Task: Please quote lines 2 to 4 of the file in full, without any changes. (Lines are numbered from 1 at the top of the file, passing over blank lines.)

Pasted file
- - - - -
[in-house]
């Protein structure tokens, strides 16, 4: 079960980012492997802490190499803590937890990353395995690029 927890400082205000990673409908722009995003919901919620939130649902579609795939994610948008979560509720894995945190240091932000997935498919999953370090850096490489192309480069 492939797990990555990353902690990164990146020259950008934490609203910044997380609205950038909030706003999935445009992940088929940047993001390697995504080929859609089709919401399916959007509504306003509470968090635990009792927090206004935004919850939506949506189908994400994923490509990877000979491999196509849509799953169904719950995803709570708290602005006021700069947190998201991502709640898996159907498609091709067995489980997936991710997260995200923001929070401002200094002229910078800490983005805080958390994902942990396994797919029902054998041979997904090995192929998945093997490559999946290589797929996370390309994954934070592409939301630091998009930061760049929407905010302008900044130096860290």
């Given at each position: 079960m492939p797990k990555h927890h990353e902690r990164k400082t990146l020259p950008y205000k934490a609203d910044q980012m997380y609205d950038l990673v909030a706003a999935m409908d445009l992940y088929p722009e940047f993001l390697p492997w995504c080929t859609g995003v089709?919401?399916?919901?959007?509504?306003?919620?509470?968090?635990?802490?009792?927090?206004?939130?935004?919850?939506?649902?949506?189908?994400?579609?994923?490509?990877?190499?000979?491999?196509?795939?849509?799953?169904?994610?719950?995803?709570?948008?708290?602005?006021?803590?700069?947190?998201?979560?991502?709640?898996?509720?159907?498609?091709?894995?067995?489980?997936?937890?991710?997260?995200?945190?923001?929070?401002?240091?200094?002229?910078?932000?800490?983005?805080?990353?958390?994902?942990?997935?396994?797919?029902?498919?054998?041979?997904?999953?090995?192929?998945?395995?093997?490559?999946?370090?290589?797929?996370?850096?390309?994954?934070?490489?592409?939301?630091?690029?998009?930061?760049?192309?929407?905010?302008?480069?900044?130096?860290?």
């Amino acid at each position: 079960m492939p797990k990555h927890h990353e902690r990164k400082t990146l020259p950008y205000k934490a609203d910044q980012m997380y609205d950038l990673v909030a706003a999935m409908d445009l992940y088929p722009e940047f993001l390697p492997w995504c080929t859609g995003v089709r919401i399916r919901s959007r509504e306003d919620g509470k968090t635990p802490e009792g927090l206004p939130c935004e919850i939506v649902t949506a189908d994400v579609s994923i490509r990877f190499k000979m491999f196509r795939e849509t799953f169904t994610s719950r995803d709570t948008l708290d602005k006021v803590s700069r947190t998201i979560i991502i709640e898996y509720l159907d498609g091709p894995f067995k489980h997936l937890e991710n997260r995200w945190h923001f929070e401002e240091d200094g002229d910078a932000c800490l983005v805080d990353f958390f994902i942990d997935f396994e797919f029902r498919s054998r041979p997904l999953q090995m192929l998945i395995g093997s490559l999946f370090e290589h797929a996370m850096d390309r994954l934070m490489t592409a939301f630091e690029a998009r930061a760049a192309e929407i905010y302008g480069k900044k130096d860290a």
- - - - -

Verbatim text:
């Protein structure tokens, strides 16, 4: 079960980012492997802490190499803590937890990353395995690029 927890400082205000990673409908722009995003919901919620939130649902579609795939994610948008979560509720894995945190240091932000997935498919999953370090850096490489192309480069 492939797990990555990353902690990164990146020259950008934490609203910044997380609205950038909030706003999935445009992940088929940047993001390697995504080929859609089709919401399916959007509504306003509470968090635990009792927090206004935004919850939506949506189908994400994923490509990877000979491999196509849509799953169904719950995803709570708290602005006021700069947190998201991502709640898996159907498609091709067995489980997936991710997260995200923001929070401002200094002229910078800490983005805080958390994902942990396994797919029902054998041979997904090995192929998945093997490559999946290589797929996370390309994954934070592409939301630091998009930061760049929407905010302008900044130096860290």
């Given at each position: 079960m492939p797990k990555h927890h990353e902690r990164k400082t990146l020259p950008y205000k934490a609203d910044q980012m997380y609205d950038l990673v909030a706003a999935m409908d445009l992940y088929p722009e940047f993001l390697p492997w995504c080929t859609g995003v089709?919401?399916?919901?959007?509504?306003?919620?509470?968090?635990?802490?009792?927090?206004?939130?935004?919850?939506?649902?949506?189908?994400?579609?994923?490509?990877?190499?000979?491999?196509?795939?849509?799953?169904?994610?719950?995803?709570?948008?708290?602005?006021?803590?700069?947190?998201?979560?991502?709640?898996?509720?159907?498609?091709?894995?067995?489980?997936?937890?991710?997260?995200?945190?923001?929070?401002?240091?200094?002229?910078?932000?800490?983005?805080?990353?958390?994902?942990?997935?396994?797919?029902?498919?054998?041979?997904?999953?090995?192929?998945?395995?093997?490559?999946?370090?290589?797929?996370?850096?390309?994954?934070?490489?592409?939301?630091?690029?998009?930061?760049?192309?929407?905010?302008?480069?900044?130096?860290?």
């Amino acid at each position: 079960m492939p797990k990555h927890h990353e902690r990164k400082t990146l020259p950008y205000k934490a609203d910044q980012m997380y609205d950038l990673v909030a706003a999935m409908d445009l992940y088929p722009e940047f993001l390697p492997w995504c080929t859609g995003v089709r919401i399916r919901s959007r509504e306003d919620g509470k968090t635990p802490e009792g927090l206004p939130c935004e919850i939506v649902t949506a189908d994400v579609s994923i490509r990877f190499k000979m491999f196509r795939e849509t799953f169904t994610s719950r995803d709570t948008l708290d602005k006021v803590s700069r947190t998201i979560i991502i709640e898996y509720l159907d498609g091709p894995f067995k489980h997936l937890e991710n997260r995200w945190h923001f929070e401002e240091d200094g002229d910078a932000c800490l983005v805080d990353f958390f994902i942990d997935f396994e797919f029902r498919s054998r041979p997904l999953q090995m192929l998945i395995g093997s490559l999946f370090e290589h797929a996370m850096d390309r994954l934070m490489t592409a939301f630091e690029a998009r930061a760049a192309e929407i905010y302008g480069k900044k130096d860290a």